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Synology are  one of the most common  brands for Network Attached Storage devices both in the home and workplace. Synology provides a complete range of  NAS devices scaling from small desktop boxes to large enterprise machines that comprise scores of drive

The company has two major product lines:

  • DiskStation models are primarily designed for households and up to medium-sized offices. Such devices have pedestal or tower-like enclosures and may contain from one to as many as 12 bays.
  • RackStation models are used in larger organisations. They are rack-mounted design capable of much larger capacity and greater computing power than than the DiskStation line.
  • You can also get all-Flash rack-mounted arrays with the FlashStation series.

 

As a rule, the model names of Synology NAS can be interpreted as follows:

“DS” stands for DiskStation,

“RS” is used for RackStation,

“FS” – for FlashStation.

“DX”, “RX”, “FX” refer to expansion units they can be paired with.

Examples of DiskStation Models
Synology NAS data recovery
Data Recovery with 12 bay NAS
Examples of RackStation Models
Rackstation NAS data recovery
Data Recovery from Synology Rackmount NAS

 Synology NAS appliances use a Linux-based operating system called DiskStation Manager. Access is via a  web interface and covers  functions, such as file sharing, data management and protection, backups, cloud services, virtualization and others.

Ext4 is the most common file system used however he newer Btrfs file system of Linux can be used . 

Furthermore, all Synology NAS boxes support the 256-bit AES data encryption. When enabled for a shared folder, the data within it is stored in an encrypted format with a set of encryption keys.

See picture below of Synology Web Interface

 

Synology NAS data recovery

Raid Configuration on Synology NAS

Synology NAS units support multiple RAID options that may vary depending on the model. Some of them may not be configured as RAID and thus lack redundancy. The possible variants include:

  • One drive without any redundancy can be found in single-bay Synology NAS appliances that often serve as backup solutions for home users or small offices.
  • RAID 0 designed for fast read access, the data is striped across 2 or more drives. Failure of one drive will kill the raid.
  • RAID 1  provides redundancy across 2 drives and one of the most common configurations.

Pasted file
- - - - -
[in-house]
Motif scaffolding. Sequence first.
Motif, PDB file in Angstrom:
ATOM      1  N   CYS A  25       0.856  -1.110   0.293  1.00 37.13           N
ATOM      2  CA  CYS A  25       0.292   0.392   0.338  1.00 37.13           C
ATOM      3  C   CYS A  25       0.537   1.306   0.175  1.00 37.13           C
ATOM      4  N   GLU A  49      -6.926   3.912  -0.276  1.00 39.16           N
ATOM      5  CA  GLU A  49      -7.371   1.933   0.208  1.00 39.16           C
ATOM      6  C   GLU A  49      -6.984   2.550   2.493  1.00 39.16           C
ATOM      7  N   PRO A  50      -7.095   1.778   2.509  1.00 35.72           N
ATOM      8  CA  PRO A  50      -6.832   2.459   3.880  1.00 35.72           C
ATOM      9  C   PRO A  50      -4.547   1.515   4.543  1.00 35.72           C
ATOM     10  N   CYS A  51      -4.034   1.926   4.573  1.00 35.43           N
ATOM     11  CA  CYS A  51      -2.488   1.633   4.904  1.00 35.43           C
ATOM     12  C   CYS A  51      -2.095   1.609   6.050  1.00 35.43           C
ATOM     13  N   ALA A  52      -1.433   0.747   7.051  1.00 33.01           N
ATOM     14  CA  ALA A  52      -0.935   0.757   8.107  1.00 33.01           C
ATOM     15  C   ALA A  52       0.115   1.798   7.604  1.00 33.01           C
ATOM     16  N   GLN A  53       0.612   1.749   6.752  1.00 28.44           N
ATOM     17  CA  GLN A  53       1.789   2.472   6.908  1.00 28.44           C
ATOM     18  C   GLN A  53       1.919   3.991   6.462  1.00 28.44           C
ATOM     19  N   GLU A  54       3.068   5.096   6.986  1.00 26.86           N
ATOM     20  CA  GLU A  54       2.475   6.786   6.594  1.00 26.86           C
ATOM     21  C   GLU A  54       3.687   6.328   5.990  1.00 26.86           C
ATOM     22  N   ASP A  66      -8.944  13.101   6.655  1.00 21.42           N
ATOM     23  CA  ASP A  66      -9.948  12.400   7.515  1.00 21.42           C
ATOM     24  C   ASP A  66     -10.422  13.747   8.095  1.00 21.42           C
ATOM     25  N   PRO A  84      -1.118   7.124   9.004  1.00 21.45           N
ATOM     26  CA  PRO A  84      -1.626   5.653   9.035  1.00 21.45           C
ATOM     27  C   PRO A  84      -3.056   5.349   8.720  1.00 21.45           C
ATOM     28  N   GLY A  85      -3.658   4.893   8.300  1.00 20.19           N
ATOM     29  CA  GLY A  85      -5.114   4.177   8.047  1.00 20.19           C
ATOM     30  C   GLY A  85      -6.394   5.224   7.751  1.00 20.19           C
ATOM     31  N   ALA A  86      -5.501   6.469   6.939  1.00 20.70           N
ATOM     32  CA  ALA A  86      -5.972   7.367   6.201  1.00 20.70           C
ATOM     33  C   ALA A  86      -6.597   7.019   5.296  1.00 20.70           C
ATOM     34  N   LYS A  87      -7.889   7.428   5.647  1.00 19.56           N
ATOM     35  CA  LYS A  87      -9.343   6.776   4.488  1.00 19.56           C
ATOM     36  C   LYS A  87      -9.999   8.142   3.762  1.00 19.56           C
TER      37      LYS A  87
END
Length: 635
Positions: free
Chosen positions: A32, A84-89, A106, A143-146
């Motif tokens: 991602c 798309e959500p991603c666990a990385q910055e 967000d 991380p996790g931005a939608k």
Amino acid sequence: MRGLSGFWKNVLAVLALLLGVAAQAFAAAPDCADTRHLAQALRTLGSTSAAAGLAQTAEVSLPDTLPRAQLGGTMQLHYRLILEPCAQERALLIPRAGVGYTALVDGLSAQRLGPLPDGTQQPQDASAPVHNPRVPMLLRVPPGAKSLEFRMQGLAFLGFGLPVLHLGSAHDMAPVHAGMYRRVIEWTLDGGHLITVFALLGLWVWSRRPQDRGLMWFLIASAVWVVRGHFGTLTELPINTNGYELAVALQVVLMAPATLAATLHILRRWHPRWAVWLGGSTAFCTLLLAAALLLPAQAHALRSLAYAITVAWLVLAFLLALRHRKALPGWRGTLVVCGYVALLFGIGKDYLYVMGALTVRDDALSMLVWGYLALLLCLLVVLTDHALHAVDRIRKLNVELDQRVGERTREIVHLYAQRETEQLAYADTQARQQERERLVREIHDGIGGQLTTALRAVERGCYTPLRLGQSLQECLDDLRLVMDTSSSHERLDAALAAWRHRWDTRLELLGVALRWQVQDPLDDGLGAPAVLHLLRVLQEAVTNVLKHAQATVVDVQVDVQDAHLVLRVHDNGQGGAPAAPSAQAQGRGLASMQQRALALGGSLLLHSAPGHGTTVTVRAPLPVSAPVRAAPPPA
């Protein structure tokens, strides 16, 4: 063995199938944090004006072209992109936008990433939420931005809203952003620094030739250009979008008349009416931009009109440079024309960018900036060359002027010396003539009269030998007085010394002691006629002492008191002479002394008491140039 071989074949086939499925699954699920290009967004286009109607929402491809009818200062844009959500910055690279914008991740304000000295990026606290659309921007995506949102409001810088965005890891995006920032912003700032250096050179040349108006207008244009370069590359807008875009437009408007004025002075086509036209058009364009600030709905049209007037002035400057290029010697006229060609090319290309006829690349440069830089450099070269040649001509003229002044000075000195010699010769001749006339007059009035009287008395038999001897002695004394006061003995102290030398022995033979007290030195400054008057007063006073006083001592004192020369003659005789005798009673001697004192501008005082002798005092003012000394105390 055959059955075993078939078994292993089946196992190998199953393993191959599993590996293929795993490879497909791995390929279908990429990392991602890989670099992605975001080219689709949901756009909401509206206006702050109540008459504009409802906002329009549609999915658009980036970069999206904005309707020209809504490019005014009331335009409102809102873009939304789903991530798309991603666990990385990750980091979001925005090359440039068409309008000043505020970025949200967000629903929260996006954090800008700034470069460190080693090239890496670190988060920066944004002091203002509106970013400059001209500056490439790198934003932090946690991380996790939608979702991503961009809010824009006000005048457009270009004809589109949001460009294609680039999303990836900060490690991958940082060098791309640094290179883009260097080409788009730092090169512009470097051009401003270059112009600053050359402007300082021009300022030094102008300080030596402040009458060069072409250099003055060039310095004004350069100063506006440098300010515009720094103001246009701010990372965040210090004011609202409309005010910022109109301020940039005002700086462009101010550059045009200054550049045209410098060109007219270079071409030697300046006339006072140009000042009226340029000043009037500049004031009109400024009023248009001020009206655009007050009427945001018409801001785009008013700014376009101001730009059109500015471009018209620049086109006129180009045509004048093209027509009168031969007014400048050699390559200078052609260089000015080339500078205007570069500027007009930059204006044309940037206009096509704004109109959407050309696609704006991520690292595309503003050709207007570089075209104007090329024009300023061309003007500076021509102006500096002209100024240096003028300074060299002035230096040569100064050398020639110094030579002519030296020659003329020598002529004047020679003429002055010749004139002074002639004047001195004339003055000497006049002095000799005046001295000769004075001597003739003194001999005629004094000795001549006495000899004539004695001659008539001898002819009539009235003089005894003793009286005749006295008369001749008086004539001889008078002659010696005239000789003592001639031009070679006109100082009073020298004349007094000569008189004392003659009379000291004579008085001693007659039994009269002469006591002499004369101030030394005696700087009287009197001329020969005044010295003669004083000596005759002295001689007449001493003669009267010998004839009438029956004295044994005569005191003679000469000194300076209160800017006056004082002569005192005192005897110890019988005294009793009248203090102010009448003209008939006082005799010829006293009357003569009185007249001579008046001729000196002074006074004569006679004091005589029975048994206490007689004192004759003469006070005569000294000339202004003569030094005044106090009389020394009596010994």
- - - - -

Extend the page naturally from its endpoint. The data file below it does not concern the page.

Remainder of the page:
• RAID 5 requires minimum 3 drives, offers faster access to the data and allows the system to keep operating if one of them fails. This a popular configuration in the business environment.
  • RAID 6 needs at least 4 drives, accelerates access to the data, and makes it possible to recover the system even when two drives fail at a time. This is a very reliable, yet, not particularly cost-efficient configuration.
  • JBOD or Just a Bunch of Drives and not commonly used with NAS devices. More prevalent with a raid card where you implement other array systems eg ZFS.
  • RAID 10 requires at least 4 drives, and is a combination of raid 0 and raid 1.
  • Synology Hybrid RAID (SHR) is the specific technology of the brand that allows creating RAID from drives of different capacities and add new ones to it anytime. This is basically achieved by establishing several RAID layouts over the disk set. The first RAID is created from the “portions” of the drives whose sizes equal to the capacity of the smallest drive. The remaining “tails” of the drives with larger capacities are organized in another RAID. After that, both sets are spanned together to constitute a single storage unit. The inner mechanism relies on the combination of Linux mdadm and LVM. Yet, in general, when the drives of the same sizes are used in the array, the technology works the same way as the traditional mdadm RAID 5 (or RAID 6).

Common data loss problems of Synology NAS

 

User Error The user may make an error when attempting to extend storage or replace existing drives. You can change  the Raid Configuration via  Storage Manager without losing the existing data however replacement of an incorrect drive, erroneous rebuild or other mishaps can corruption corruption of a new RAID setup and cause data to be inaccessible. Accidental deletion of files is also very common.

Configuration loss NAS configuration and RAID metadata can become corrupt due to power outages and other unforeseen incidents. This again will cause the data to appear to be missing.

RAID rebuild Problems this usually happens after failed drive is replaced in the RAID. The NAS will automatically rebuild the array. Any interruption in this process can cause the appearance of the loss of your data.

Hard drive failure depending on the Raid configuration loss of a single may require the whole array to be rebuilt

Firmware update  most users perform firmware upgrades to resolve any issues with the Synology NAS or to benefit from new features of DSM. Yet, after the operation is completed, the storage pool may become unavailable for access and the repair function in the Storage Manager may not help to overcome the problem. Also, unexpected power cuts or a drive failure during the update procedure may make the OS inaccessible. In this case, the NAS itself won’t start, and reinstallation of DSM will format the drives, causing the loss of data.

NAS device malfunction A NAS device  is a miniature sever that has components that can fail eg cpu, ram , power supply.  Failure of the NAS can cause the raid to become corrupt.